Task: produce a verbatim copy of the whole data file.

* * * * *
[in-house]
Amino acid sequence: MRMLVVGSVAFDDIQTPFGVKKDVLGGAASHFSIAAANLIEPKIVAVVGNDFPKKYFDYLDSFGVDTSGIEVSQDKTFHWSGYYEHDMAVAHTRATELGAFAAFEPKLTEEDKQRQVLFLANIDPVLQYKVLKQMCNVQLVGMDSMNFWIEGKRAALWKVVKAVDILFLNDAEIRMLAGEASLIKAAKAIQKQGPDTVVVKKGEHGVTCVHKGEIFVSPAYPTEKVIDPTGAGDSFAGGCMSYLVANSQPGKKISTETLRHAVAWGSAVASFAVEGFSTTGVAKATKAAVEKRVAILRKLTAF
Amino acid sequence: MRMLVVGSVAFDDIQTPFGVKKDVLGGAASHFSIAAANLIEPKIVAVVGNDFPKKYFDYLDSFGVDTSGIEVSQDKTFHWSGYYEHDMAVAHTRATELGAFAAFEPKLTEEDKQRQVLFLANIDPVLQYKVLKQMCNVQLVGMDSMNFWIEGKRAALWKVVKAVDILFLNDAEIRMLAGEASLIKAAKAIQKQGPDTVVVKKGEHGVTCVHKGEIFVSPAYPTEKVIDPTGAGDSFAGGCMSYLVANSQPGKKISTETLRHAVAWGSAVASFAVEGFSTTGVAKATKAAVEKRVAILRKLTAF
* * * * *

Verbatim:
[in-house]
Amino acid sequence: MRMLVVGSVAFDDIQTPFGVKKDVLGGAASHFSIAAANLIEPKIVAVVGNDFPKKYFDYLDSFGVDTSGIEVSQDKTFHWSGYYEHDMAVAHTRATELGAFAAFEPKLTEEDKQRQVLFLANIDPVLQYKVLKQMCNVQLVGMDSMNFWIEGKRAALWKVVKAVDILFLNDAEIRMLAGEASLIKAAKAIQKQGPDTVVVKKGEHGVTCVHKGEIFVSPAYPTEKVIDPTGAGDSFAGGCMSYLVANSQPGKKISTETLRHAVAWGSAVASFAVEGFSTTGVAKATKAAVEKRVAILRKLTAF
Amino acid sequence: MRMLVVGSVAFDDIQTPFGVKKDVLGGAASHFSIAAANLIEPKIVAVVGNDFPKKYFDYLDSFGVDTSGIEVSQDKTFHWSGYYEHDMAVAHTRATELGAFAAFEPKLTEEDKQRQVLFLANIDPVLQYKVLKQMCNVQLVGMDSMNFWIEGKRAALWKVVKAVDILFLNDAEIRMLAGEASLIKAAKAIQKQGPDTVVVKKGEHGVTCVHKGEIFVSPAYPTEKVIDPTGAGDSFAGGCMSYLVANSQPGKKISTETLRHAVAWGSAVASFAVEGFSTTGVAKATKAAVEKRVAILRKLTAF